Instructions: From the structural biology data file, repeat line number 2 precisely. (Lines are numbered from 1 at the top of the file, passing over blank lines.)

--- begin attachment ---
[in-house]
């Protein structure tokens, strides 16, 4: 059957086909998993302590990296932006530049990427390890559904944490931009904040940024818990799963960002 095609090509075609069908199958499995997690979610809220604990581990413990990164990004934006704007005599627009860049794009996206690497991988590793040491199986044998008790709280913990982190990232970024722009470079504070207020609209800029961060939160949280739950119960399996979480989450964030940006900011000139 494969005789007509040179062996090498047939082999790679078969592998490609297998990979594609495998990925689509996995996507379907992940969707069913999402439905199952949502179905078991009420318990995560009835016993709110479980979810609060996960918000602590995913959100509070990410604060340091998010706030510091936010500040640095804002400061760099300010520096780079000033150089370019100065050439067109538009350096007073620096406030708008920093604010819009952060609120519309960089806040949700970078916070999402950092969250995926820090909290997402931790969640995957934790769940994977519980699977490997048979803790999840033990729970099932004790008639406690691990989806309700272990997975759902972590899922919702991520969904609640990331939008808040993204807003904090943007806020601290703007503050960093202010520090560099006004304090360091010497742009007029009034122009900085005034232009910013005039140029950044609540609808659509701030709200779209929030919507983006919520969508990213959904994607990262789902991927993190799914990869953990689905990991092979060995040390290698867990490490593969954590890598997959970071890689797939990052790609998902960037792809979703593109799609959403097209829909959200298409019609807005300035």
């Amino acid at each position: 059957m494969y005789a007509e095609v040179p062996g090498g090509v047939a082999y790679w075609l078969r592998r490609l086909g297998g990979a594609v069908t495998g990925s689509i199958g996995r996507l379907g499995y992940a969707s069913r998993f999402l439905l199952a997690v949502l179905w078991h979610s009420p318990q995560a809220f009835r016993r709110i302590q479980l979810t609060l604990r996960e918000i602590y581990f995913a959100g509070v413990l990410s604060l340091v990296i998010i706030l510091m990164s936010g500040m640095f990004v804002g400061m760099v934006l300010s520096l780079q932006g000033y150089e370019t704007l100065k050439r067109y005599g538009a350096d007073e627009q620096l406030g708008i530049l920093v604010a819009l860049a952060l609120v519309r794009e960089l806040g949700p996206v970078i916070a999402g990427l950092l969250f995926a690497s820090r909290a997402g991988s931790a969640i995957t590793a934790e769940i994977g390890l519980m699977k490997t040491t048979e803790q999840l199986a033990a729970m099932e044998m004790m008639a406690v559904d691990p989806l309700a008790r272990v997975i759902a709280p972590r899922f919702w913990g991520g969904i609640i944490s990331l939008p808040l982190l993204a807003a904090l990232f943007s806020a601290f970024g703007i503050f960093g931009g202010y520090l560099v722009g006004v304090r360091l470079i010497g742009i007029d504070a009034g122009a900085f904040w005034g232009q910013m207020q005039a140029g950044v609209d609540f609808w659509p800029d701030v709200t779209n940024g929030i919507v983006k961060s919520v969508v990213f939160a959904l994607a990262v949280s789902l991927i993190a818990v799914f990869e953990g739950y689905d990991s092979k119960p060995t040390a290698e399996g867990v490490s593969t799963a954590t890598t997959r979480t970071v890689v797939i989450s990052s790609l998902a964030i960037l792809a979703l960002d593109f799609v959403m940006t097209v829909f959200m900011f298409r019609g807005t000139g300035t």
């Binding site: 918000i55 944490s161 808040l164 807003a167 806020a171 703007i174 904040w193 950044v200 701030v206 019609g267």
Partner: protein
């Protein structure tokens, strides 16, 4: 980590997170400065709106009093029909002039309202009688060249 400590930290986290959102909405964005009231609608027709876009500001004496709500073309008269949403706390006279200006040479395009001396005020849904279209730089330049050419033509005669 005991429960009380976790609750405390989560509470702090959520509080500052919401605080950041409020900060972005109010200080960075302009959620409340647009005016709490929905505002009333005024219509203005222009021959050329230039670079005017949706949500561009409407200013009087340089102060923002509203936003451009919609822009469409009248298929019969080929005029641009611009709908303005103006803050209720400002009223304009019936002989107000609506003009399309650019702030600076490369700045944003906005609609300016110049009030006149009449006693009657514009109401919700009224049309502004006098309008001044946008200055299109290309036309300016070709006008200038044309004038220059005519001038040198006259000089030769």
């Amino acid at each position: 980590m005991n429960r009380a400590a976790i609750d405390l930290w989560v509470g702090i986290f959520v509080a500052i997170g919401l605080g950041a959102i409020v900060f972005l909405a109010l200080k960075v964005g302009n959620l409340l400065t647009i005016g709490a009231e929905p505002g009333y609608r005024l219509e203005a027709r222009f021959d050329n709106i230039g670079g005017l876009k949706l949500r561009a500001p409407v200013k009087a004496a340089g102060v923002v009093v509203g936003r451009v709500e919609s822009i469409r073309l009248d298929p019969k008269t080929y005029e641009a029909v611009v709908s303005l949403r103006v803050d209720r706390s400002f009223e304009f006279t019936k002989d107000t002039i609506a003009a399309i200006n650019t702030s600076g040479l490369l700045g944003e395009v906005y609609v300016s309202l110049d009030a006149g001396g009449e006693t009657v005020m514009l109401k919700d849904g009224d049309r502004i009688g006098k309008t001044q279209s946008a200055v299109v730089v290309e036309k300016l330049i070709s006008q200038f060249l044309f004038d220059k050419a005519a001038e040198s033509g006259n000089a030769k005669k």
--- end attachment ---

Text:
């Protein structure tokens, strides 16, 4: 059957086909998993302590990296932006530049990427390890559904944490931009904040940024818990799963960002 095609090509075609069908199958499995997690979610809220604990581990413990990164990004934006704007005599627009860049794009996206690497991988590793040491199986044998008790709280913990982190990232970024722009470079504070207020609209800029961060939160949280739950119960399996979480989450964030940006900011000139 494969005789007509040179062996090498047939082999790679078969592998490609297998990979594609495998990925689509996995996507379907992940969707069913999402439905199952949502179905078991009420318990995560009835016993709110479980979810609060996960918000602590995913959100509070990410604060340091998010706030510091936010500040640095804002400061760099300010520096780079000033150089370019100065050439067109538009350096007073620096406030708008920093604010819009952060609120519309960089806040949700970078916070999402950092969250995926820090909290997402931790969640995957934790769940994977519980699977490997048979803790999840033990729970099932004790008639406690691990989806309700272990997975759902972590899922919702991520969904609640990331939008808040993204807003904090943007806020601290703007503050960093202010520090560099006004304090360091010497742009007029009034122009900085005034232009910013005039140029950044609540609808659509701030709200779209929030919507983006919520969508990213959904994607990262789902991927993190799914990869953990689905990991092979060995040390290698867990490490593969954590890598997959970071890689797939990052790609998902960037792809979703593109799609959403097209829909959200298409019609807005300035």